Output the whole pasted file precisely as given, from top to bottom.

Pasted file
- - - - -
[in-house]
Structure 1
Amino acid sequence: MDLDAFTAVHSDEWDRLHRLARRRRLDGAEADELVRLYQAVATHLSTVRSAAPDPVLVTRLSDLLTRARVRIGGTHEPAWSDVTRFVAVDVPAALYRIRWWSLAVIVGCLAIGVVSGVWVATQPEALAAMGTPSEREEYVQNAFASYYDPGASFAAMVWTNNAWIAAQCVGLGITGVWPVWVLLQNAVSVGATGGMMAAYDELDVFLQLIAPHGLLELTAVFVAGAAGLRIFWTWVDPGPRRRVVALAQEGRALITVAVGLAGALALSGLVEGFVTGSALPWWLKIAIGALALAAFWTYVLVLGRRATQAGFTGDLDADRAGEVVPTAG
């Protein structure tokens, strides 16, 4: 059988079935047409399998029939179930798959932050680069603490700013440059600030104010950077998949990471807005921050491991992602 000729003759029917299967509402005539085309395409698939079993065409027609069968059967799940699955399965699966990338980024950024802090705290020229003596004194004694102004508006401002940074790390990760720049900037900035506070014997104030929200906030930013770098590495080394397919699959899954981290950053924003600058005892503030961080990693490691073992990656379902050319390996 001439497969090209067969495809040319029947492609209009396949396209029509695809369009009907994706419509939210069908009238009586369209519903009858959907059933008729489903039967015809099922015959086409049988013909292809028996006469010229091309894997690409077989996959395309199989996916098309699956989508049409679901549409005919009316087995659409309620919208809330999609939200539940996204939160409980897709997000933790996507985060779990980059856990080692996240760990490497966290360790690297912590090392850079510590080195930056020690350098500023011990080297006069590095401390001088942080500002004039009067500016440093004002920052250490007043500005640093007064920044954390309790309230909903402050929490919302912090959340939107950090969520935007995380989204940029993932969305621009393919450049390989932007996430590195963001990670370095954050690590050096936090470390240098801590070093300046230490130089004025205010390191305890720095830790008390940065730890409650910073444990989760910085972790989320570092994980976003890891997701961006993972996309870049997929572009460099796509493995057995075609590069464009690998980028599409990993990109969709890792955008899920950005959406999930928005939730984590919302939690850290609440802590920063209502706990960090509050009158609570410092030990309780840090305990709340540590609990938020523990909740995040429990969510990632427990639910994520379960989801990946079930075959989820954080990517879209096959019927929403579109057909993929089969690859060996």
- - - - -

[in-house]
Structure 1
Amino acid sequence: MDLDAFTAVHSDEWDRLHRLARRRRLDGAEADELVRLYQAVATHLSTVRSAAPDPVLVTRLSDLLTRARVRIGGTHEPAWSDVTRFVAVDVPAALYRIRWWSLAVIVGCLAIGVVSGVWVATQPEALAAMGTPSEREEYVQNAFASYYDPGASFAAMVWTNNAWIAAQCVGLGITGVWPVWVLLQNAVSVGATGGMMAAYDELDVFLQLIAPHGLLELTAVFVAGAAGLRIFWTWVDPGPRRRVVALAQEGRALITVAVGLAGALALSGLVEGFVTGSALPWWLKIAIGALALAAFWTYVLVLGRRATQAGFTGDLDADRAGEVVPTAG
């Protein structure tokens, strides 16, 4: 059988079935047409399998029939179930798959932050680069603490700013440059600030104010950077998949990471807005921050491991992602 000729003759029917299967509402005539085309395409698939079993065409027609069968059967799940699955399965699966990338980024950024802090705290020229003596004194004694102004508006401002940074790390990760720049900037900035506070014997104030929200906030930013770098590495080394397919699959899954981290950053924003600058005892503030961080990693490691073992990656379902050319390996 001439497969090209067969495809040319029947492609209009396949396209029509695809369009009907994706419509939210069908009238009586369209519903009858959907059933008729489903039967015809099922015959086409049988013909292809028996006469010229091309894997690409077989996959395309199989996916098309699956989508049409679901549409005919009316087995659409309620919208809330999609939200539940996204939160409980897709997000933790996507985060779990980059856990080692996240760990490497966290360790690297912590090392850079510590080195930056020690350098500023011990080297006069590095401390001088942080500002004039009067500016440093004002920052250490007043500005640093007064920044954390309790309230909903402050929490919302912090959340939107950090969520935007995380989204940029993932969305621009393919450049390989932007996430590195963001990670370095954050690590050096936090470390240098801590070093300046230490130089004025205010390191305890720095830790008390940065730890409650910073444990989760910085972790989320570092994980976003890891997701961006993972996309870049997929572009460099796509493995057995075609590069464009690998980028599409990993990109969709890792955008899920950005959406999930928005939730984590919302939690850290609440802590920063209502706990960090509050009158609570410092030990309780840090305990709340540590609990938020523990909740995040429990969510990632427990639910994520379960989801990946079930075959989820954080990517879209096959019927929403579109057909993929089969690859060996």